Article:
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FCC net neutrality ‘fast lanes’ plan moves forward in 3-2 vote

“There is one Internet: It must be fast, it must be robust, and it must be open."


Fran Berkman

Internet Culture

Posted on May 15, 2014   Updated on May 31, 2021, 7:36 am CDT

The Federal Communications Commission (FCC) has adopted a new rule-making proposal on net neutrality that it says will “protect and promote the Internet as an open platform,” but the proposal fell short of the safeguards for an open Internet that many activists seek.

Three of the five commissioners supported the new rules proposal, which largely seeks to reinstitute the FCC’s previous net neutrality rules from the Open Internet Order of 2010. The proposal could allow for a so called Internet “fast lane,” through which Internet service providers (ISPs) could charge content companies for faster data delivery to customers.

Under the proposal, broadband providers would have to adhere to “commercially reasonable practices” and it will seek public comment and further explore “whether paid prioritization should be barred altogether.”

FCC Chairman Tom Wheeler was emphatic that he was very much against paid prioritization, though reports in recent weeks have suggested otherwise.

“There is one Internet: It must be fast, it must be robust, and it must be open,” Wheeler said at the meeting. “The prospect of a gatekeeper choosing winners and losers on the Internet is unacceptable.”

Commissioners Mignon Clyburn and Jessica Rosenworcel joined Wheeler in support of the proposal, while Ajit Pai and Michael O’Rielly dissented.

O’Rielly called the proposal “hopelessly vague and unclear” and said that he believes network prioritization could actually serve consumers.

The new rule-making process follows a January decision from the U.S. Court of Appeals in Washington, D.C., that struck down the FCC’s previous open Internet rules. The court ruled that the FCC does not have the authority to regulate Internet service providers because they are not classified as telecommunications companies and thus not subject to so-called “common carrier” laws.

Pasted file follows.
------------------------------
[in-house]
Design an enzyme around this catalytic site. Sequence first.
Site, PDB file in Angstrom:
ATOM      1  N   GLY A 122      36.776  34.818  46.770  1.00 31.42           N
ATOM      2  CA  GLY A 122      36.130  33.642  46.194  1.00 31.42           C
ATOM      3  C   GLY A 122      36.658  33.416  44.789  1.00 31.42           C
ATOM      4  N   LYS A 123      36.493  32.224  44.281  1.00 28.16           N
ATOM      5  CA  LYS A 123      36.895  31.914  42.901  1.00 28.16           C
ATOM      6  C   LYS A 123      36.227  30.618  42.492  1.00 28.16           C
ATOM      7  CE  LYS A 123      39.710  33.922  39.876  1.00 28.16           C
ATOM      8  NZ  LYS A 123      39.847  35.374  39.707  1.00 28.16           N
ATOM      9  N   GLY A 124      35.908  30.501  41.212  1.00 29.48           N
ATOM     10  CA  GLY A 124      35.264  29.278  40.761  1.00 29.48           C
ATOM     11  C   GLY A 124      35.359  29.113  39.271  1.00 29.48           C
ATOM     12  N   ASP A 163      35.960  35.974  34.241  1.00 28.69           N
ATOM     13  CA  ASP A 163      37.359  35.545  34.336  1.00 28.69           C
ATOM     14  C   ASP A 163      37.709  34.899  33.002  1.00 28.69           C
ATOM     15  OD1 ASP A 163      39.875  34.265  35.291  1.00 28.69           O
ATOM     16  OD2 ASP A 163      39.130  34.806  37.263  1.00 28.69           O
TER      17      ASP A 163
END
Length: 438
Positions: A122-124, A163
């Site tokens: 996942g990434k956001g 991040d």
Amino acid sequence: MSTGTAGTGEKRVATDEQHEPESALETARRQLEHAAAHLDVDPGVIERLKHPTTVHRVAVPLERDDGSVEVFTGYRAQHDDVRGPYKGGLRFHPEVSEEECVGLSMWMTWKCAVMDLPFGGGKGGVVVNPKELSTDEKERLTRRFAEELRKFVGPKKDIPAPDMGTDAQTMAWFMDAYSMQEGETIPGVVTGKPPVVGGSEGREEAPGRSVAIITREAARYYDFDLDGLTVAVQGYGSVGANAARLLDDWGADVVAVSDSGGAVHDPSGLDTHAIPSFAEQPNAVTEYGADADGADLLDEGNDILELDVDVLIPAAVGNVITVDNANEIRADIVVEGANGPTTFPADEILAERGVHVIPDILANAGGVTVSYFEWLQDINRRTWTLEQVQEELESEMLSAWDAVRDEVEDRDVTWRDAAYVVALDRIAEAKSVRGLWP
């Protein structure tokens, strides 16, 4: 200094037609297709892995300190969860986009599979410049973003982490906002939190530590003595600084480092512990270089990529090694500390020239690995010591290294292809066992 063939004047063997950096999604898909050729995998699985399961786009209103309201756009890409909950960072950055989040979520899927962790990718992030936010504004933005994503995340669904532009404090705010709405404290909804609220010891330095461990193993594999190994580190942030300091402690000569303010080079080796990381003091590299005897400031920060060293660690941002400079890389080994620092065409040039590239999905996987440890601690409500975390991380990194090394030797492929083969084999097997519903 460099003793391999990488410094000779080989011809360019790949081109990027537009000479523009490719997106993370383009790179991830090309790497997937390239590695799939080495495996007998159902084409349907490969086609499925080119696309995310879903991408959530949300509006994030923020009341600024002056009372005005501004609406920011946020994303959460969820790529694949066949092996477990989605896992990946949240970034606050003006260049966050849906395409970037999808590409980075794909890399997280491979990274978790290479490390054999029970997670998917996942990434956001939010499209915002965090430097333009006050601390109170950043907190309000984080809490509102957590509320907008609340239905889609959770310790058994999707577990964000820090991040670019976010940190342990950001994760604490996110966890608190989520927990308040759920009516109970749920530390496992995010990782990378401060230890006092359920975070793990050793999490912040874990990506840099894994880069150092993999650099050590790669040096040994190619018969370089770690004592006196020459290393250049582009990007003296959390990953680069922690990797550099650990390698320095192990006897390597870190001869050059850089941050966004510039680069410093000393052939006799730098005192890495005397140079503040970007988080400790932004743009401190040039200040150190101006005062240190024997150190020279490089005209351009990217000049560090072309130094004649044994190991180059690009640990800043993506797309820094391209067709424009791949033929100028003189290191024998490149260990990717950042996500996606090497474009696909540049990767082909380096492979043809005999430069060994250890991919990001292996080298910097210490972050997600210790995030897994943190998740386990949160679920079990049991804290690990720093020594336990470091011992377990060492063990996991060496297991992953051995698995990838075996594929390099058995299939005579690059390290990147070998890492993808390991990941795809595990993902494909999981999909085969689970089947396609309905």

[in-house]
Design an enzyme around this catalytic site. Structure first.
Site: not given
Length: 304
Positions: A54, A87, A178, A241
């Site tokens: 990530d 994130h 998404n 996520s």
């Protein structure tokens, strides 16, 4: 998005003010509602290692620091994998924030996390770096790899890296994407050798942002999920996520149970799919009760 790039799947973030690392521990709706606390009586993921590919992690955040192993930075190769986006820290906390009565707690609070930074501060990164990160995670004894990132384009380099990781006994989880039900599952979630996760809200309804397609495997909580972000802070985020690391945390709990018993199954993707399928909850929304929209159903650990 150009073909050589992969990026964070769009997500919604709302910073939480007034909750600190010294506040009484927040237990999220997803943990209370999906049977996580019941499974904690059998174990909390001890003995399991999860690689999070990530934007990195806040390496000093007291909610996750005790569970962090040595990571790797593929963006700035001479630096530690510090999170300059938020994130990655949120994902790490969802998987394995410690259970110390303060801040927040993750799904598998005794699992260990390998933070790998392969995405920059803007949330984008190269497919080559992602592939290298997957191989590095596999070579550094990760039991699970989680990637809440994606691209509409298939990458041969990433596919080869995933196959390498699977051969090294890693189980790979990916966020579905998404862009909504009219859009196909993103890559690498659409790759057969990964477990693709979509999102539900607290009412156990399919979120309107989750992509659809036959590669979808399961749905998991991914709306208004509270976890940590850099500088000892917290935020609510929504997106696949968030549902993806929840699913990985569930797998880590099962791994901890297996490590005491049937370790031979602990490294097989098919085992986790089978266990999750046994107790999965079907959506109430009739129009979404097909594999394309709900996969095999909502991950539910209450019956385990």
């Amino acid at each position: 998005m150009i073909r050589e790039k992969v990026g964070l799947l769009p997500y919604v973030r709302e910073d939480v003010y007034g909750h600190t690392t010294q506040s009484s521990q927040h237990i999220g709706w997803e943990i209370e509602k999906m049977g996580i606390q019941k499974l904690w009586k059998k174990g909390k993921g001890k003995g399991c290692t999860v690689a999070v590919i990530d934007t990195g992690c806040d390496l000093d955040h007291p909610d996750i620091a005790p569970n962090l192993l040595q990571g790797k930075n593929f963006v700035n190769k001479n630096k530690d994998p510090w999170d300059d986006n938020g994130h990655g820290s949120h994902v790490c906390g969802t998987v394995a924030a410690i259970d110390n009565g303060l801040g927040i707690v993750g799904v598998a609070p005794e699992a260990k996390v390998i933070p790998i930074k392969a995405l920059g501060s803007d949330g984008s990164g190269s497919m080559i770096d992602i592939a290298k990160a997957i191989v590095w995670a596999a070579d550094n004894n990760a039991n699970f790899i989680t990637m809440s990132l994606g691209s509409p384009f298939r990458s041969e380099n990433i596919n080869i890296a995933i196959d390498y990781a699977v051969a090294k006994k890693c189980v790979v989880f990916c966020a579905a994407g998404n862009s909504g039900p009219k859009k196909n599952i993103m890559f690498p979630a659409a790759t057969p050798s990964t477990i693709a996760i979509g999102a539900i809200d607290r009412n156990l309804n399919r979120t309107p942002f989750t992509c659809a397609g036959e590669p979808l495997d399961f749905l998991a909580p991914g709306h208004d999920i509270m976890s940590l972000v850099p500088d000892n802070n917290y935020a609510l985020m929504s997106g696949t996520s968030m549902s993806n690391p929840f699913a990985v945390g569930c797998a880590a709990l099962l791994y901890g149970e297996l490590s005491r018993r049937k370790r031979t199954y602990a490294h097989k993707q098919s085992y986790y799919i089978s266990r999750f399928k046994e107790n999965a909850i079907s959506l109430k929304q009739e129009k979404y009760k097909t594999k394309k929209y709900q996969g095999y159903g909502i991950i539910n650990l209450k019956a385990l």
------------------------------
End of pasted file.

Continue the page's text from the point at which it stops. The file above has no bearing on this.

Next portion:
Thursday’s proposal was also noncommittal on if and how the FCC would seek to reclassify broadband providers, though Wheeler has repeatedly said that the option is on the table, and the Commission can still decide later to do so.

The audience, largely filled with open Internet activists, seemed to collectively groan at the part of the proposal that indicated the commission preferred to rely on Section 706 of the Telecommunications Act of 1996 to govern ISPs, as opposed to reclassifying them as Title II common carriers.

Open Internet group Fight for the Future, which camped outside the FCC building for more than a week leading up the meeting, had a mixed response to the proposal’s adoption.

Make no mistake, the @FCC proposal that passed just moments ago does not ensure #realnetneutrality. Title II reclassification, nothing less.

— Fight for the Future (@fightfortheftr) May 15, 2014

Internet, you should be proud. This @FCC proposal is still severely lacking, but it’s way better than would have been without #occupythefcc

— Fight for the Future (@fightfortheftr) May 15, 2014

After the meeting started with several activists standing up to sound off for net neutrality before being led out of the room, Wheeler tried to emphasize that no final decisions would come down at Thursday’s meeting.

“The purpose of what we’re doing today on the open Internet is to make sure we hear from everyone and to start a process that fully opens the doors for comment by the American people,” Wheeler said. “Disruption doesn’t help getting to the point where the American people can provide input into the process.”

While the proposal did not offer many hard-and-fast answers, it did include a few new potential safeguards for net neutrality such as the possibility of appointing an ombudsperson to “act as a watchdog for consumers, startups, and other small entities.”

The proposal also seeks to build upon previous transparency rules, which compel ISPs to disclose details about how their networks operate to ensure they are adhering to whatever open Internet rules are ultimately put in place.

Now that the proposal has been adopted, there will be a 120-day public comment period before the FCC adopts new rules. Use this form if you wish to submit a comment on the FCC’s proposal.

Updated with reaction from Fight for the Future.

Photo by the FCC via @GigiBSohnFCC/Twitter

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*First Published: May 15, 2014, 12:17 pm CDT